The Ginisang Sardinas with Misua and Patola Recipe is a type of food that brings a flood of memories. It’s a rainy day and I suddenly had a craving for this soup. In my growing up years, this is the kind of food that gets served during typhoons as sardines is easy to distribute as relief goods. It’s also a petsa de peligro recipe since it can serve the entire family with less than a hundred pesos. Moms have mastered this recipe and can cook it while sleepy. Because it’s easy to cook, most workers cook this on construction sites. I see them sharing food and makes me think that food is really great at bringing people together.
It also plays a role for college students who are looking for a tummy-filling meal without spending too much. In college, we’d steal – ✌️ehemm, vegetables from the Agriculture Kids at UP Los Banos and cook this sans the Misua. For Holy Week, we also have this because it has no pork and we can do our abstinence. See? I told you, lots of memories. For some reason, just thinking about it makes me drool.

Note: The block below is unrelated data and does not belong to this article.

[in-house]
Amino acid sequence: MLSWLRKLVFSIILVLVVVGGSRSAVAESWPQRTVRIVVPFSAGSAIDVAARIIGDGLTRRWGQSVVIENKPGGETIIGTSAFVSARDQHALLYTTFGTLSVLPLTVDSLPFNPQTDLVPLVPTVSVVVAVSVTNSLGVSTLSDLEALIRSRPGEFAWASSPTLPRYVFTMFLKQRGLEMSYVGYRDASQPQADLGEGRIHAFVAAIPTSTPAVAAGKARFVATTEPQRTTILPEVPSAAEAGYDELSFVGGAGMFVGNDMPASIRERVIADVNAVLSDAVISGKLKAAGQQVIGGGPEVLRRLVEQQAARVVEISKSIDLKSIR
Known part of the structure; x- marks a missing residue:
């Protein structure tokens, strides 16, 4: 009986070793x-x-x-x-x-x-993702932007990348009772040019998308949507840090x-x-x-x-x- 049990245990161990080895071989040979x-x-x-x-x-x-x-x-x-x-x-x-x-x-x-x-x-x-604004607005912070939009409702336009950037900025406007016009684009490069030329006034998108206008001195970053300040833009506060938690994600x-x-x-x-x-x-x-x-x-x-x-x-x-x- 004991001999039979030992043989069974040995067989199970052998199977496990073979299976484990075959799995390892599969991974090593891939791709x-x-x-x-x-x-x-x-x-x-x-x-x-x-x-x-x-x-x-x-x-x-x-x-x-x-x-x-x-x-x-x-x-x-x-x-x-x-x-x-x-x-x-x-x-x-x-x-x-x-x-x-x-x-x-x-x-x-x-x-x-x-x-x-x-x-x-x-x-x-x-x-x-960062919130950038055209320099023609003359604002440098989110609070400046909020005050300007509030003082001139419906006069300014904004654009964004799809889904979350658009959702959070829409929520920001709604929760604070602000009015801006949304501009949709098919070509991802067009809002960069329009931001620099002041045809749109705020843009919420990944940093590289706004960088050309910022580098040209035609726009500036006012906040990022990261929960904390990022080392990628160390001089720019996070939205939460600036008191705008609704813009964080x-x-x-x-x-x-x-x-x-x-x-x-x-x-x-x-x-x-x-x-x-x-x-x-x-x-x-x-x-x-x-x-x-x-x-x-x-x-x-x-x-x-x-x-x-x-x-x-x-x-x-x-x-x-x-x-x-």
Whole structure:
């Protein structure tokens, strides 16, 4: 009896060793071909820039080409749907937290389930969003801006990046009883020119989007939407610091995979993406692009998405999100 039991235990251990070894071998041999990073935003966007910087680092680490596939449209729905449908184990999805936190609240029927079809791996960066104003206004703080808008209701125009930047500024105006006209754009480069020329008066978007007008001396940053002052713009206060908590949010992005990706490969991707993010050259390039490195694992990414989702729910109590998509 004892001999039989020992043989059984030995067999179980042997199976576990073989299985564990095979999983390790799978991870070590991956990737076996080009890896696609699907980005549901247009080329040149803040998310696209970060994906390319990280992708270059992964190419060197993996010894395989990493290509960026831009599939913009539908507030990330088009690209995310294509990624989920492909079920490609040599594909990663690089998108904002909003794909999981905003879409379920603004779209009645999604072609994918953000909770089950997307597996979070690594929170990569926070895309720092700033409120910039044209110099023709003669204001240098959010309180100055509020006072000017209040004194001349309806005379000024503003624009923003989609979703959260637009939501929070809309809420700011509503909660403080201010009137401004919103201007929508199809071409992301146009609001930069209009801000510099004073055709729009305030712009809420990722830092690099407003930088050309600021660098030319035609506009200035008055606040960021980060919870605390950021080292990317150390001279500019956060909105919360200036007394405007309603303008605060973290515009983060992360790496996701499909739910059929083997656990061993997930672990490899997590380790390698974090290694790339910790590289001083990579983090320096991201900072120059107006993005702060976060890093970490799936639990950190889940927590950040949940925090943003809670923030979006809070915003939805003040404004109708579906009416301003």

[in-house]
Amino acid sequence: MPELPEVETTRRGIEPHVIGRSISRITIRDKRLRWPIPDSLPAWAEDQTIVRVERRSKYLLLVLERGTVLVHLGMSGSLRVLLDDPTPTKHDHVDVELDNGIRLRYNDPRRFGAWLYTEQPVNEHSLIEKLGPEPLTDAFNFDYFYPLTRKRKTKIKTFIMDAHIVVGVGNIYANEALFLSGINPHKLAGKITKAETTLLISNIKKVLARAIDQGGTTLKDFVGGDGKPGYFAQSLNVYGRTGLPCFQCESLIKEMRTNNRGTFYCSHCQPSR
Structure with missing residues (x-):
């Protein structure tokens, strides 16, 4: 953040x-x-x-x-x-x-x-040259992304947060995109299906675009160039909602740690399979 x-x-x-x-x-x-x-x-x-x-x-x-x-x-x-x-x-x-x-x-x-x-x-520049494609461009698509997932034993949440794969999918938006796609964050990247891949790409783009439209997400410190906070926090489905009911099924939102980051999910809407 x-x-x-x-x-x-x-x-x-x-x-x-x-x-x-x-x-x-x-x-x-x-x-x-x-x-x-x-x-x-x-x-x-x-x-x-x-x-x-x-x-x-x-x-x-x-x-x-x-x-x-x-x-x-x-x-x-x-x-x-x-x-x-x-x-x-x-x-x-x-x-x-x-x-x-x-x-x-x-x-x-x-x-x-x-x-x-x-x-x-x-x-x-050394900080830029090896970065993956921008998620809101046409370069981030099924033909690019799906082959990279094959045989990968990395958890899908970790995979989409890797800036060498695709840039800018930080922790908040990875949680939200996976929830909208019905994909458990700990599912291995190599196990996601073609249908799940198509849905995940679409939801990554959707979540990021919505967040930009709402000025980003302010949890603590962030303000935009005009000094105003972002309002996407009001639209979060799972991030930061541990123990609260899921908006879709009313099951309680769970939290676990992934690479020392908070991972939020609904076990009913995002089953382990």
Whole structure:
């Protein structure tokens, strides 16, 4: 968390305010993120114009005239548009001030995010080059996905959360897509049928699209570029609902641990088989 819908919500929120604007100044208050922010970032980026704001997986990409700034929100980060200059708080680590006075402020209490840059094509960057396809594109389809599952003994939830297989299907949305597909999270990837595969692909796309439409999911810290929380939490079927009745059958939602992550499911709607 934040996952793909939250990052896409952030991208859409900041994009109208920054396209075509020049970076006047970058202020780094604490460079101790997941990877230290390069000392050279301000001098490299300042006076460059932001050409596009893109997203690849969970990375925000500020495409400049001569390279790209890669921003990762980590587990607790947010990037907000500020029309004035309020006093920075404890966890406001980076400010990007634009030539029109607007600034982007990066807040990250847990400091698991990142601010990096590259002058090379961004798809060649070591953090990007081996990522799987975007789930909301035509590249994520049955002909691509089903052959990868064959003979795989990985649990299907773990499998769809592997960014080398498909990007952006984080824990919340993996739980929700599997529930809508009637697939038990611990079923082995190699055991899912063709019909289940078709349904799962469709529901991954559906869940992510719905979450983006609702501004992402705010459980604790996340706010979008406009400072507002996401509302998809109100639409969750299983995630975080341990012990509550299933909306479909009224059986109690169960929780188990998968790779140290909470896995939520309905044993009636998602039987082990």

The star of this show is really the patola. Patola (or Ribbed Loofah in English -yes the same one used for your loofah scrub). The fresh ones are rich in Vitamin C which is a great antioxidant plus this is also great for losing weight. They taste great with the Sardines in Tomato Sauce. Poor patola. They get used for jokes a lot -like Patola ka Day! It has absolutely nothing to do with Patola but more to do with “patol” which means stooping down to the level of someone. In today’s parlance – “Dont make patola to the troll.” meaning Don’t feed the troll.
Miswa is a very thin wheat noodles. It seems that this originated in China but our Misua -also known as the Philippine Noodles is thinner than the Chinese Ones. They’re very popular and cheap. It’s available in grocery store’s and even neighborhood Sari Sari Stores.